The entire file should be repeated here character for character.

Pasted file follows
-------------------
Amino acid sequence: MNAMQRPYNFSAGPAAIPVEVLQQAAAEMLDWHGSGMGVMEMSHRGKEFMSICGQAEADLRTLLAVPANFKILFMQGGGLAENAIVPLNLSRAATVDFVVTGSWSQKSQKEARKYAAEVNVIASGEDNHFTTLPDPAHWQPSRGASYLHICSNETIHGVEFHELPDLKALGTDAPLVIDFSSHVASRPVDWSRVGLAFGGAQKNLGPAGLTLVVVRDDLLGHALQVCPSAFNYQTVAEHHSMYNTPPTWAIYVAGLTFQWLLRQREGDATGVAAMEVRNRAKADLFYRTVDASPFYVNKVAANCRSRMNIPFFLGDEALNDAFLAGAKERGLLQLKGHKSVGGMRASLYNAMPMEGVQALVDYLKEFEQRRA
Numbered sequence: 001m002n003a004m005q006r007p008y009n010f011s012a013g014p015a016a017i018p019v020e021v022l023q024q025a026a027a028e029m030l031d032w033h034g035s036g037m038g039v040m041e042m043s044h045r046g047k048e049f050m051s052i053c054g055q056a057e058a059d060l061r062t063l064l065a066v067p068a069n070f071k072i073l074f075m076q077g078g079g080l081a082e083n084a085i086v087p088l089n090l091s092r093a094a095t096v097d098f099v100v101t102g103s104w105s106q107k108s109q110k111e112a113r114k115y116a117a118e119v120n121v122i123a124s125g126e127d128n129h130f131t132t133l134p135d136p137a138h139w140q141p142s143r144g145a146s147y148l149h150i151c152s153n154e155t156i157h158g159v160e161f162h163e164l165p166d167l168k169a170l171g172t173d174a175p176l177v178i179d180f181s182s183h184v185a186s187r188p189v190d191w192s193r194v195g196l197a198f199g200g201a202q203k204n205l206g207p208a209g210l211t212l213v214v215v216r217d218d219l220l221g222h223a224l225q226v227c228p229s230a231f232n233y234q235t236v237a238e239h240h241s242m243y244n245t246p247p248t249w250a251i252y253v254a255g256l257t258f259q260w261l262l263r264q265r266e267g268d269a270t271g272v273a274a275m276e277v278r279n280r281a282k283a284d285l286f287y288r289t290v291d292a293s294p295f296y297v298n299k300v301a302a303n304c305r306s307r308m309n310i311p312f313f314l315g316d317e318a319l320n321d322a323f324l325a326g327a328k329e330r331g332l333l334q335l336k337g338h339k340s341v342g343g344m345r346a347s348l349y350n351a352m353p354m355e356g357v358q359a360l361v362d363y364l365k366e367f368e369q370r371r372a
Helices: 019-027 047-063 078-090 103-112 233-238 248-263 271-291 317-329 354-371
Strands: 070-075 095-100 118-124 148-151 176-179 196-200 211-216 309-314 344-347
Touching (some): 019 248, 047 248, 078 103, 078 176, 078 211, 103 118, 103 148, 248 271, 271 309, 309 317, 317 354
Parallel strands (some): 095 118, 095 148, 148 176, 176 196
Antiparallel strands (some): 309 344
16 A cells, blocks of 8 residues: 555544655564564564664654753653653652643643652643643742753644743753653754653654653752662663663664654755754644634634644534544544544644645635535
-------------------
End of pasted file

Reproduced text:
Amino acid sequence: MNAMQRPYNFSAGPAAIPVEVLQQAAAEMLDWHGSGMGVMEMSHRGKEFMSICGQAEADLRTLLAVPANFKILFMQGGGLAENAIVPLNLSRAATVDFVVTGSWSQKSQKEARKYAAEVNVIASGEDNHFTTLPDPAHWQPSRGASYLHICSNETIHGVEFHELPDLKALGTDAPLVIDFSSHVASRPVDWSRVGLAFGGAQKNLGPAGLTLVVVRDDLLGHALQVCPSAFNYQTVAEHHSMYNTPPTWAIYVAGLTFQWLLRQREGDATGVAAMEVRNRAKADLFYRTVDASPFYVNKVAANCRSRMNIPFFLGDEALNDAFLAGAKERGLLQLKGHKSVGGMRASLYNAMPMEGVQALVDYLKEFEQRRA
Numbered sequence: 001m002n003a004m005q006r007p008y009n010f011s012a013g014p015a016a017i018p019v020e021v022l023q024q025a026a027a028e029m030l031d032w033h034g035s036g037m038g039v040m041e042m043s044h045r046g047k048e049f050m051s052i053c054g055q056a057e058a059d060l061r062t063l064l065a066v067p068a069n070f071k072i073l074f075m076q077g078g079g080l081a082e083n084a085i086v087p088l089n090l091s092r093a094a095t096v097d098f099v100v101t102g103s104w105s106q107k108s109q110k111e112a113r114k115y116a117a118e119v120n121v122i123a124s125g126e127d128n129h130f131t132t133l134p135d136p137a138h139w140q141p142s143r144g145a146s147y148l149h150i151c152s153n154e155t156i157h158g159v160e161f162h163e164l165p166d167l168k169a170l171g172t173d174a175p176l177v178i179d180f181s182s183h184v185a186s187r188p189v190d191w192s193r194v195g196l197a198f199g200g201a202q203k204n205l206g207p208a209g210l211t212l213v214v215v216r217d218d219l220l221g222h223a224l225q226v227c228p229s230a231f232n233y234q235t236v237a238e239h240h241s242m243y244n245t246p247p248t249w250a251i252y253v254a255g256l257t258f259q260w261l262l263r264q265r266e267g268d269a270t271g272v273a274a275m276e277v278r279n280r281a282k283a284d285l286f287y288r289t290v291d292a293s294p295f296y297v298n299k300v301a302a303n304c305r306s307r308m309n310i311p312f313f314l315g316d317e318a319l320n321d322a323f324l325a326g327a328k329e330r331g332l333l334q335l336k337g338h339k340s341v342g343g344m345r346a347s348l349y350n351a352m353p354m355e356g357v358q359a360l361v362d363y364l365k366e367f368e369q370r371r372a
Helices: 019-027 047-063 078-090 103-112 233-238 248-263 271-291 317-329 354-371
Strands: 070-075 095-100 118-124 148-151 176-179 196-200 211-216 309-314 344-347
Touching (some): 019 248, 047 248, 078 103, 078 176, 078 211, 103 118, 103 148, 248 271, 271 309, 309 317, 317 354
Parallel strands (some): 095 118, 095 148, 148 176, 176 196
Antiparallel strands (some): 309 344
16 A cells, blocks of 8 residues: 555544655564564564664654753653653652643643652643643742753644743753653754653654653752662663663664654755754644634634644534544544544644645635535